It’s about time we showed some respect for our MPs
- Credit: PA
Shock, enormous shock. That is the dominant feeling in the wake of the shooting of the MP Jo Cox.
In some countries, the murder of a politician is a regular occurrence, and people are almost numbed to its impact.
Here, thank goodness, it matters.
It matters because it is so rare. It matters because democracy is so embedded in our past and our present. And it matters because we value human life.
But while life remains valued in Britain, how much do we value and appreciate our MPs?
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Ask yourself the question, then ask your friends. I suspect most answers would contain a degree of anger and disrespect.
The expenses scandal did not help, of course. But I think it showed that only a tiny minority of MPs were bad. A few more were careless, while the vast majority were above reproach.
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However, the mud has stuck to them all. They're just 'greedy, overpaid and lazy', aren't they?
No, they're not.
If they were greedy, they'd use their undoubted skills to earn big bucks in the private sector. For their basic pay is – in relation to the importance and intensity of their role – basic.
They get £74,962 per year. I'd be happy with that, but I wouldn't be prepared to do what it takes to earn it – or make the sacrifices required to keep it.
To become an MP, most have spent countless years working their way up through their party, attending endless and often excruciating meetings and events, working most if not all days and nights. My MP Norman Lamb finally won North Norfolk in 2001 after more than a decade of campaigning – all while he had a full-time job. I doubt he was doing it for the money.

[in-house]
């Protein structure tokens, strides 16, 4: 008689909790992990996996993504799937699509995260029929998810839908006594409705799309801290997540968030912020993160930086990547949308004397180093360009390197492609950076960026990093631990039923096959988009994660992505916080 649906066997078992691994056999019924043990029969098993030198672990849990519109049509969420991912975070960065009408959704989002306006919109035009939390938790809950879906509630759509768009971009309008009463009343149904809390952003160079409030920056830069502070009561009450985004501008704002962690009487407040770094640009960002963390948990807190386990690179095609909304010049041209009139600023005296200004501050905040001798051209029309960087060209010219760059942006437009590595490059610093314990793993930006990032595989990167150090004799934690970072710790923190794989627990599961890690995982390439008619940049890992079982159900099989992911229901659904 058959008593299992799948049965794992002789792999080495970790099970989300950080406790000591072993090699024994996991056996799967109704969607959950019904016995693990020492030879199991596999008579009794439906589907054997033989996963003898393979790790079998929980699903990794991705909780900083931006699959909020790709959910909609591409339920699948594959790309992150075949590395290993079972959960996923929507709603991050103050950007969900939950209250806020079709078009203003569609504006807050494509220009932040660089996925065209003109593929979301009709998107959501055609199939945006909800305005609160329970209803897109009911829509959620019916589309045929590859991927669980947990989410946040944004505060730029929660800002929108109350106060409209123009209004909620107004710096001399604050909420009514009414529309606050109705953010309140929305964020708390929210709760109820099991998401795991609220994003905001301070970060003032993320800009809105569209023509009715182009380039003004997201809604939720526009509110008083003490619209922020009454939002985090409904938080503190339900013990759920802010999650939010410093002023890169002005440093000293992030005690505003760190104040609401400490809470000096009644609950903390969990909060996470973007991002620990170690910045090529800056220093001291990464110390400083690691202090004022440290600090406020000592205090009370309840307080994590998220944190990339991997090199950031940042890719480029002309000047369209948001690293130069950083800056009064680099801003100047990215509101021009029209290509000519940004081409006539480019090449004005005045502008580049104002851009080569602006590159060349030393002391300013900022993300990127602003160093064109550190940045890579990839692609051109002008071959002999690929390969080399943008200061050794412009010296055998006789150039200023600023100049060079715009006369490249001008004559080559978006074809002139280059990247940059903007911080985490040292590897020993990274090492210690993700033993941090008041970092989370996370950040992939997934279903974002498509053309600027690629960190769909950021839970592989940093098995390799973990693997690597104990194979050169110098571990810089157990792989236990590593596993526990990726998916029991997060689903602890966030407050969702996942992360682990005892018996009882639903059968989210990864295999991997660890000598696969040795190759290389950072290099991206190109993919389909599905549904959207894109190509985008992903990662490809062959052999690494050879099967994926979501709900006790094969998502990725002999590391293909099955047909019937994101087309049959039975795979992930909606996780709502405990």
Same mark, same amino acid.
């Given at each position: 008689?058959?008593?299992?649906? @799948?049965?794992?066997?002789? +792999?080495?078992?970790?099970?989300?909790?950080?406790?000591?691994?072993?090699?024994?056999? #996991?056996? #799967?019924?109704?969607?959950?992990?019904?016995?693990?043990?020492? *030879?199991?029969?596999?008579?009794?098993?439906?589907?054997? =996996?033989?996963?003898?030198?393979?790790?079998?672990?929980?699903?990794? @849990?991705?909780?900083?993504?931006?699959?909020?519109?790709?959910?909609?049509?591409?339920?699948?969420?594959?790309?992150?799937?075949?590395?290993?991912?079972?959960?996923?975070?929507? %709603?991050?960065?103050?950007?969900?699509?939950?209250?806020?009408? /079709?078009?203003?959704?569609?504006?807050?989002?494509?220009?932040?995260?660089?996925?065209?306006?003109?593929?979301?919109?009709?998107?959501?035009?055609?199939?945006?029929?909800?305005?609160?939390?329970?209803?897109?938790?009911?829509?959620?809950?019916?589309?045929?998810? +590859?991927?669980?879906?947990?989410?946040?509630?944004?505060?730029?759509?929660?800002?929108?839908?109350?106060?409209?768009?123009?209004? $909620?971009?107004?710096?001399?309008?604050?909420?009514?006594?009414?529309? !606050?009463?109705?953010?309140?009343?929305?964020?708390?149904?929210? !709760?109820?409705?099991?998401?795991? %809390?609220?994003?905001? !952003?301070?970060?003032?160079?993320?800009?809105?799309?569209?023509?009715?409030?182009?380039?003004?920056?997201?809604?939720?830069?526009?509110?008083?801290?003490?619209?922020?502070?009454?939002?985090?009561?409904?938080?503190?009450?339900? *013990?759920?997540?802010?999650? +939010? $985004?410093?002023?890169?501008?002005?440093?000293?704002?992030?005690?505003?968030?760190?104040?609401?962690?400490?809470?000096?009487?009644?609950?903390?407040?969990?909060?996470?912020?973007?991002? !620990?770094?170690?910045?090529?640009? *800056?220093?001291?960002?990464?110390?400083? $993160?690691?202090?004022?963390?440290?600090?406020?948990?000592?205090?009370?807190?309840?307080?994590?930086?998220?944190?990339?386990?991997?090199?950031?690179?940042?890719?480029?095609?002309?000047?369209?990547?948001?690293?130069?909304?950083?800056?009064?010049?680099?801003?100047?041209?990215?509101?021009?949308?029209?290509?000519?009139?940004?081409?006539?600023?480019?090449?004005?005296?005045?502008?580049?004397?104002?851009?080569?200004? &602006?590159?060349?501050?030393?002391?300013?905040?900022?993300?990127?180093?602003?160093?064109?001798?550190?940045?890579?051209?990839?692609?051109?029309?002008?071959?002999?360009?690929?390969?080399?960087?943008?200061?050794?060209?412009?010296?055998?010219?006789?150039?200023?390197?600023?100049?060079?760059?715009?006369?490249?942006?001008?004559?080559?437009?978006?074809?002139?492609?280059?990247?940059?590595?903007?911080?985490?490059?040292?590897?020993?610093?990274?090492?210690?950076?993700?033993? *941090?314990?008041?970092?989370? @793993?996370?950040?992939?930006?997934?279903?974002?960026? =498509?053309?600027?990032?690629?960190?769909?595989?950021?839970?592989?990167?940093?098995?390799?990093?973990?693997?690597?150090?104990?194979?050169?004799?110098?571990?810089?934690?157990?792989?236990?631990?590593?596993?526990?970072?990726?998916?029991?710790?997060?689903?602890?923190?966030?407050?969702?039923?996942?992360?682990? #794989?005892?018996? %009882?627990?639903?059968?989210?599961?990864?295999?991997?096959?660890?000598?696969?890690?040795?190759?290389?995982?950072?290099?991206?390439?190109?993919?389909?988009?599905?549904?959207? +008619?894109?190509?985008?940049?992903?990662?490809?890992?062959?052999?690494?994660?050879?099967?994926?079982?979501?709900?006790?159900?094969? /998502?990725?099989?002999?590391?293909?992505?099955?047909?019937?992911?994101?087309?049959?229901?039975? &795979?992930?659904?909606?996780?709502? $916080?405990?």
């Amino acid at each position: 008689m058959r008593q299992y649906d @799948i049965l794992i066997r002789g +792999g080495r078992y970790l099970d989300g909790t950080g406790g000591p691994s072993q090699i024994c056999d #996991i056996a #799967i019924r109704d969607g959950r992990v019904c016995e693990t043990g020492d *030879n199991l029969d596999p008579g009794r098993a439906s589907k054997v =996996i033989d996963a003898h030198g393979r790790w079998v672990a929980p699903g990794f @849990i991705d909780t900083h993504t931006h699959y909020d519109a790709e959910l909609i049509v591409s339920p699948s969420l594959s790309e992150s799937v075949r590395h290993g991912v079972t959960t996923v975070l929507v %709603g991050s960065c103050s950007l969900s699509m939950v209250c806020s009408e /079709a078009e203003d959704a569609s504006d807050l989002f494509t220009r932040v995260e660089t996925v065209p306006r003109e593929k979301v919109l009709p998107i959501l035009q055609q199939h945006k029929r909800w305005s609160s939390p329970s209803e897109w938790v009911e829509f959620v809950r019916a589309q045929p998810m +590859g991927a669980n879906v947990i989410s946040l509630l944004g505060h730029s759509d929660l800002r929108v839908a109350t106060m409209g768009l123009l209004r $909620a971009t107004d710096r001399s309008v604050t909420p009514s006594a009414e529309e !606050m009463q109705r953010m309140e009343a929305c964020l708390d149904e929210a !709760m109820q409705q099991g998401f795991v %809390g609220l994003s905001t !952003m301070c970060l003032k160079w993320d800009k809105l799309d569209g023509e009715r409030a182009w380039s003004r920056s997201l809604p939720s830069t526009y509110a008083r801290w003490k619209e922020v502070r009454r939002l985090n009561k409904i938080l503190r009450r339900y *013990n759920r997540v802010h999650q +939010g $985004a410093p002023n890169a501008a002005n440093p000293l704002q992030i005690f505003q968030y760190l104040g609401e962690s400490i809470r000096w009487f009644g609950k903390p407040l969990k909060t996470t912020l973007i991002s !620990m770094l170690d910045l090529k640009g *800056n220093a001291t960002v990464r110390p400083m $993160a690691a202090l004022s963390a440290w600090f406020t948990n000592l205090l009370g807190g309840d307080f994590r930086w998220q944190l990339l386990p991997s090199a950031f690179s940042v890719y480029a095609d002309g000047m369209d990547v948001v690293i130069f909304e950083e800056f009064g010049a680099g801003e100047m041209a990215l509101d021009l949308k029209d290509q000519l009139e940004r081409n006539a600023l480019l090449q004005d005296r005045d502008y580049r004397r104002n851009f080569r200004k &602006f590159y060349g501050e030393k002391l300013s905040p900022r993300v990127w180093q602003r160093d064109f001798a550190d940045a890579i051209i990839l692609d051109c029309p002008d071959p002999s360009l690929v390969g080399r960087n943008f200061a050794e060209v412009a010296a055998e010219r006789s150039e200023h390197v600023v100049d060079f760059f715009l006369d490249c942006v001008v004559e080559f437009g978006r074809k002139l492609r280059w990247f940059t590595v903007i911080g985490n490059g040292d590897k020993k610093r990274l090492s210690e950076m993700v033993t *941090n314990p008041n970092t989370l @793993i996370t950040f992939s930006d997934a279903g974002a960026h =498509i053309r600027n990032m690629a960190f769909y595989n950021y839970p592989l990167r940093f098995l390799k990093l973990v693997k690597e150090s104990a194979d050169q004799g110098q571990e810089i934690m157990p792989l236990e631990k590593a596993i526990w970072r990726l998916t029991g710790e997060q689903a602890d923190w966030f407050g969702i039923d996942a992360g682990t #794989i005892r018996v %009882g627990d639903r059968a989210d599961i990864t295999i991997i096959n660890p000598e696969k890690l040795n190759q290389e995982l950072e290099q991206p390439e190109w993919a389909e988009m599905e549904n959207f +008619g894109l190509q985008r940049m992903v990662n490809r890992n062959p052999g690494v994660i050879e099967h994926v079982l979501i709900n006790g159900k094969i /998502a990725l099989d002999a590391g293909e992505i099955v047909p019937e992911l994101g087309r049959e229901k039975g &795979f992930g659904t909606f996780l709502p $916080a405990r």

Yes, some MPs are parachuted in (though they still have to work hard to be allowed to put on the parachute), but most have to take the long and dispiriting overland approach.
And, no matter how good they are at their job, at the end of up to five years they could be sacked by their constituents on polling day – usually because of their party's, not their own shortcomings.
If you still think their £74,962 a year is too much, consider this:
The Real Madrid footballer Cristiano Ronaldo is said to get £288,000 per week – after tax. His teammate Gareth Bale lags behind with £256,000 per week.
Each of the leading cast members of the US TV comedy The Big Bang Theory gets $1m per episode.
The Open golf championship 2015 champion Zachary Johnson won £1.15m.
These people can use £74,962 to wipe Moët and Chandon off their kitchen floor.
Think also about what many MPs miss out on for the sake of their job/calling.
Jo Cox had a husband and two children. With a constituency in West Yorkshire, it meant spending much of her life at her London office (the House of Commons), away from her family.
Many other MPs make similar sacrifices, not for the money or the glory, but because they believe in democracy and believe that they can make a difference – not to their lives, but to ours.
Norman has made a difference to many lives, including mine.
Last year, I was taken in the middle of the night from the N&N to a hospital in south-west London for mental health care. The experience of being sent there, away from my loved ones, was horrendous – the care and isolation were even worse.
Norman has taken up the issue and been tireless in challenging the authorities about both my treatment and the broader issue of out-of-area care.
He has gone beyond what I dared expect from my MP.
And yet his opponents in North Norfolk do not even have the respect to use his name, preferring instead to refer to him in letters and conversations as 'Lamb'. It's sad and rather pathetic.
Countless other MPs also go beyond our expectations. From the obituaries I have read today, it is clear that Jo Cox did the same.
Her death will not suddenly stop narrow-mindedness and hatred. But it would be nice if it shocked people into having more respect for our MPs.